Well, at least... (1)

nwaack (3482871) | about 10 months ago | (#45920131)

They didn't get any of the taxpayers money before leaving. What a joke.

How many billion more before its fixed? (0)

Anonymous Coward | about 10 months ago | (#45920135)

So how much more are we paying this new company to fix the three years of data junk the other one did? Then tell me who runs that new company and how is it affiliated with Obama? Because you know there is a connection somewhere.Also, why did they not do this a couple years ago?
Say what you will about Governor Christie, at least he did something about the scandal. Fire people is the only way to fix a problem and make others pay attention.
Obama can't fire people either because they will hang him out to dry in a book or they are friends and you never fire friends.
Its sickening how government's are being run these days. Worse then the mob corruption days of the 50's. Nobody cares about the average Joe in America. We have ridiculously high unemployment but because this has gone on so long. The popular number is actually going down from so many dropping off the grid.
7000 last month dropped out of the medical field. Do you think maybe they gave up because of Obama care? Could be.

no shortage of hired goon typenosys peddlers (0)

Anonymous Coward | about 10 months ago | (#45920157)

& they are sponsored by the 'story' sponsors. sad news when everything is about liars touts & shills defending/promoting murderous & larcenious deceptions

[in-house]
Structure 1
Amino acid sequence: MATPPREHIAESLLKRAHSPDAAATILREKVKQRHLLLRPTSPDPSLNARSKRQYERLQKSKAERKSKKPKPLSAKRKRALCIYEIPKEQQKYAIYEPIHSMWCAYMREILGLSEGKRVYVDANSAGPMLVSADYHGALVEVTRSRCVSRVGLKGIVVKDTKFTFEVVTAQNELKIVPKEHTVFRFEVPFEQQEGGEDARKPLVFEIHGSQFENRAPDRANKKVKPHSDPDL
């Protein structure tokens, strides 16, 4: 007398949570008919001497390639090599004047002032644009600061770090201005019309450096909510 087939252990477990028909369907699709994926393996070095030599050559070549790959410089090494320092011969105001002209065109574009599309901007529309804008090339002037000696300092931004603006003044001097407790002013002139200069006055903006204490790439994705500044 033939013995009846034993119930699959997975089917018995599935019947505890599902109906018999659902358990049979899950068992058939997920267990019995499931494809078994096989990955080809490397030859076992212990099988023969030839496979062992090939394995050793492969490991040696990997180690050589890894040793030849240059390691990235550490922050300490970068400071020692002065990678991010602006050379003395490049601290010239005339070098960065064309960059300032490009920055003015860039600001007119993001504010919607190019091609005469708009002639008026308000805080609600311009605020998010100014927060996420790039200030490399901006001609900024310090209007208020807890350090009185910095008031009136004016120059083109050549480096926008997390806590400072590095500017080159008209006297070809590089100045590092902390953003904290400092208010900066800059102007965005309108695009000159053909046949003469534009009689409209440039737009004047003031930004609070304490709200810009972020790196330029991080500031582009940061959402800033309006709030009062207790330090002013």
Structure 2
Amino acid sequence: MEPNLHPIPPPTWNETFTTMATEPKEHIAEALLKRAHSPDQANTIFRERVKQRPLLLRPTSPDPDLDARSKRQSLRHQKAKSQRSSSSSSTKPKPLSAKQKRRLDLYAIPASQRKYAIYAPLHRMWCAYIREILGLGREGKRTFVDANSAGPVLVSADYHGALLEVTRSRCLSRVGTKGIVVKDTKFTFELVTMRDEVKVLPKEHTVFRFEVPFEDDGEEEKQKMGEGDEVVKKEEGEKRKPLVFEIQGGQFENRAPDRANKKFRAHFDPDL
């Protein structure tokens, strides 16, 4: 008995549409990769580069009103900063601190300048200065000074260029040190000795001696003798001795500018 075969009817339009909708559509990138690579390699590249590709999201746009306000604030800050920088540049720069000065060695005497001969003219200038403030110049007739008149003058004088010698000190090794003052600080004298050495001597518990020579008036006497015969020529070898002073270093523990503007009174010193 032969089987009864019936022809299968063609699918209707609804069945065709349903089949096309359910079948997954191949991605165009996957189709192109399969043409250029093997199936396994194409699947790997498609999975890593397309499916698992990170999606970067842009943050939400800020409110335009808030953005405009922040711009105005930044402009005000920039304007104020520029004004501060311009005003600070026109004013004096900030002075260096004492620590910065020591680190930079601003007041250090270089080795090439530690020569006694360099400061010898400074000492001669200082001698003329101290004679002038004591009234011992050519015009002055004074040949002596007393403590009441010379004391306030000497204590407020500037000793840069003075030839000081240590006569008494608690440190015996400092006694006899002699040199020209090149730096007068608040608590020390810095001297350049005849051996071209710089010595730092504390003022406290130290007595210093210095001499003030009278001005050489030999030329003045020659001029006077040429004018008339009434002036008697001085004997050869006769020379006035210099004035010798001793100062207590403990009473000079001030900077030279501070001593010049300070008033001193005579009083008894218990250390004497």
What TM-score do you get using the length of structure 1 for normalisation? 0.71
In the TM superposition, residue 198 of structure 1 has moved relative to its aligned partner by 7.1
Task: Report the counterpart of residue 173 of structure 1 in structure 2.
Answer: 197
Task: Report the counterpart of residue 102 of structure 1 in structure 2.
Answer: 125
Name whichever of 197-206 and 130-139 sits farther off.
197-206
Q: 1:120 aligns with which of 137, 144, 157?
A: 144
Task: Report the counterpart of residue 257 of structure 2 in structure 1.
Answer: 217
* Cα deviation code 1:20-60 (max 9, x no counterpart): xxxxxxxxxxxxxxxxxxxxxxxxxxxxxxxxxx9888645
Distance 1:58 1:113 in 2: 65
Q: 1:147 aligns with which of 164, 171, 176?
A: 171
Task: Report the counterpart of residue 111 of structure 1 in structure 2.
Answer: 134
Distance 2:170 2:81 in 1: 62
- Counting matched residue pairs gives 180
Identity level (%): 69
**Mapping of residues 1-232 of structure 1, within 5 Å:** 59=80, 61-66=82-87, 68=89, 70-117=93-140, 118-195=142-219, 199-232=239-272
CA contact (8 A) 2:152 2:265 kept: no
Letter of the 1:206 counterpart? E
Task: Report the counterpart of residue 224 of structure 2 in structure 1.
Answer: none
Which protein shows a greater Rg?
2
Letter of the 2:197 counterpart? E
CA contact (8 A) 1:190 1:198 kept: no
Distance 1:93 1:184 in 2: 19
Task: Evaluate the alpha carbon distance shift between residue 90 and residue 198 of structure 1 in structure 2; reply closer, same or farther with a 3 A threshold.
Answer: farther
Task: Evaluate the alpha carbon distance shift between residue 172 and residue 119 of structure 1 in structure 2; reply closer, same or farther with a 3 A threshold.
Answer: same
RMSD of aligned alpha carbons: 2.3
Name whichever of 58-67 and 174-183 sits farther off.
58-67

CGI? 1994 called... (1)

otis wildflower (4889) | about 10 months ago | (#45920233)

WTF they writing stuff in CGI at this point anyways? /sarc

Out of the frying pan and in to the fire (1)

JamesA (164074) | about 10 months ago | (#45920251)

A company so bad they had to change their name from Anderson Consulting to escape the stench.

More appropriately named Assenter. Next up to the gravy train will be Toillette and Douche.

Re:Out of the frying pan and in to the fire (0)

Anonymous Coward | about 10 months ago | (#45920531)

you know, this is simply wrong. Andersen consulting was legally required to give up the andersen name when they and arthur andersen split (they formed an umbrella corp called andersen worlwide at the time). Now AA gave up their name to escape the stench of enron (and still went under) but that was after the acrimonious split between the two. Anyway, lots of reasons to hate on Accenture, but this is not one of them.

Obama is at least consistent (0)

Anonymous Coward | about 10 months ago | (#45920277)

He can't do ANYTHING well, and the mess this health
care situation has become is one more proof.

Same people, same process (0)

Anonymous Coward | about 10 months ago | (#45920335)

What is Accenture going to do? Hire the same people using the same process. They'll win the contract, and need people with healthcare experience. And who will be available immediately? The people the last consultants just terminated. Probably with active security clearances and everything. The net change will be zero.

Yay, another foreign corporation (5, Insightful)

CyberLeader (106732) | about 10 months ago | (#45920423)

When you're tired of screwing it up like amateurs, bring in Accenture so you can screw it up like professionals!

My firm has made a lot of money cleaning up Accenture's disasters. It's a living.

So while Accenture was originally based in Bermuda, they've since moved their corporate HQ to Ireland. Could we at least pick a vendor incorporated in the U.S.?

Who's surprised here? (-1)

Anonymous Coward | about 10 months ago | (#45920557)

CGI is headquartered in Montreal, the most corrupt city in the most corrupt province in Canada...

sad thing is... (0)

Anonymous Coward | about 10 months ago | (#45920595)

the infrastructure is in place for a single payer system... and has been since 1966.